Version 1 (modified by nomeata, 14 months ago) (diff)


Some ideas related to #7994:

Here are some ideas.

Consider this expression e:

let f = λ x. let h = f (g1 x)
             in λ y.  x `seq` h (g2 y)
in ...f a 2..... f 3 4 ...

This can be rewritten to

let f = λ x. let h = f (g1 x)
             in λ y. x `seq`  h (g2 y)
    r = ...f a 2..... f 3 4 ...
in r

how can we analyse that to achieve the desired effect (i.e. arity 2 for f and hence strict in x, and λ y one-shot)?

We need to calculate the demand on f and r in the fix point analysis, instead of always starting with a cleanEvalDmd in dmdAnalRhs.

So thinking of the mutual recursion as simple recursion with a tuple, an incoming demand d on all of e is turned into an initial demand (Abs, d) on (f,r).

The first iteration analyses f with demand Abs (i.e. not at all) and r with demand d, while using botDmdType for f in the environment of the analyser. Then the result of this analysis is a demand type with {f → C(C¹(S)), r → Abs, a → Hyper }.

We lub this with the demand from the outside (Abs, d) and re-start with (C(C¹(S)), d). f is still as diverging in the strictness signature. But this, we will also get the demand from f on f into the result. But if we start with C(C¹(C)) for f, then f puts that on itself! The resulting demand is thus the same ({f → C(C¹(S)), r → Abs, a → Hyper }), but in this pass, we will also have found out something about f strictness signature, which we now can consider to be <S><L>. Note that we were allowed to create this signature with two arguments, because the demand had two levels of calls.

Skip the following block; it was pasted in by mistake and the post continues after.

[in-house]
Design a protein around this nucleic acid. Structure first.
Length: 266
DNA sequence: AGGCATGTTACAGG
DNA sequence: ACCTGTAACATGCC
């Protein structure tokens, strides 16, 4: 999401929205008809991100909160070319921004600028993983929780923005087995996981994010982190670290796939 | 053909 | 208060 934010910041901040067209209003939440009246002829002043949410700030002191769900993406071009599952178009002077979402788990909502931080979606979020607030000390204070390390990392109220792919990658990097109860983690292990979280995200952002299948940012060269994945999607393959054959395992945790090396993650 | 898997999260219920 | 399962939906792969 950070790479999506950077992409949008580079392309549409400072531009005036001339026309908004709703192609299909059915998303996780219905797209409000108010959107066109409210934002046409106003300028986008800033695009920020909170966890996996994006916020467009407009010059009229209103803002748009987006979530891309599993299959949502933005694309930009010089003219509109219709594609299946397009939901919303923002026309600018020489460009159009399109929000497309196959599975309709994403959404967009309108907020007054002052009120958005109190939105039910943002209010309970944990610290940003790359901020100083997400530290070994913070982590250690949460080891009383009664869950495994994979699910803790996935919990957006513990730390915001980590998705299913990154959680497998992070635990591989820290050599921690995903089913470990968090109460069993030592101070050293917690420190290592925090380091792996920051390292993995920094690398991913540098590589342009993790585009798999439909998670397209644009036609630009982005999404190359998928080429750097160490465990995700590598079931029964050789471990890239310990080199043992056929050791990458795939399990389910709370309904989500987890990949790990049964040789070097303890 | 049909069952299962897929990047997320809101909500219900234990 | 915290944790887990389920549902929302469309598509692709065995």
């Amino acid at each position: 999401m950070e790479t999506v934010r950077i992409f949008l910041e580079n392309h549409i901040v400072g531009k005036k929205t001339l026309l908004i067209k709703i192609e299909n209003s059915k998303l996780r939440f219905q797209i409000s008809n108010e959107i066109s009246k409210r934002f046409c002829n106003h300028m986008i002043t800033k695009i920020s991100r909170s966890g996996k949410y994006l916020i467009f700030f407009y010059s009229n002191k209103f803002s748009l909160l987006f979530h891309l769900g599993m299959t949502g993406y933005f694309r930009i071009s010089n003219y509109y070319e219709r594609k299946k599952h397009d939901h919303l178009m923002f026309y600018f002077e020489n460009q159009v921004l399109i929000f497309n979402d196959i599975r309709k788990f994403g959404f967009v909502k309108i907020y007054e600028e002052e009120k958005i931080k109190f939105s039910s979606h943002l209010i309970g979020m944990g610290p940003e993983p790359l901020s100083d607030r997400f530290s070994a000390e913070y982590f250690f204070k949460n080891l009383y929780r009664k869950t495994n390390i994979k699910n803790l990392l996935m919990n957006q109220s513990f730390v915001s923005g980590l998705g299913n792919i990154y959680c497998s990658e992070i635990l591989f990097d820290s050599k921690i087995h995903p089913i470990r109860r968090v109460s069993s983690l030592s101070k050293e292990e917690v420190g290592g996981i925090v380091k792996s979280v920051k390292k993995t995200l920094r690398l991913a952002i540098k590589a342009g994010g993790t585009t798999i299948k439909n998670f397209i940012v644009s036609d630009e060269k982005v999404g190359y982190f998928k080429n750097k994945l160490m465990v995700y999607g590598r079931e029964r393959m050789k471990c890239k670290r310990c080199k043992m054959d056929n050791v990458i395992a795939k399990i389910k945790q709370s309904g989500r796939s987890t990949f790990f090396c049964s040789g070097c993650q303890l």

The demand stayed the same, but the strictness signature changed. So we do another iteration. This now relaxes the demand on a and we obtain {f → C(C¹(S)), r → Abs, a → S }, with f strictness signature unchanged.

A last round and the demand put on f by its RHS and r stays the same, as well as f demand signature, and we have the desired results.

In the counter-example

let f = λ x. let h = f (g1 x)
             in λ y... map h...
in ...f 1 2..... f 3 4 ...

the second iteration would try C(C¹(S)) on f as before, but it would be C(S) in the third run, because of the demand put on f by f itself.

The problem with this approach is that it is not monotone, as we update the strictness signatures. It might be <S><L> in one iteration (which causes (f x) to put a lazy demand on x) and <S> in the next (causing (f x) to put a strict demand on x). So the fixed-point iteration might not terminate...

Maybe it is enough to over-approximate the demand within the fixed-point iteration? I.e. if f has signature <S><L>, then (f x) puts a strict demand on x. Presumably if in the next iteration, f has only <S>, then nothing went wrong; if it then has <L>, we can still reduce the demand on x. Note that we always start from a strong demand and converge towards a weaker demand.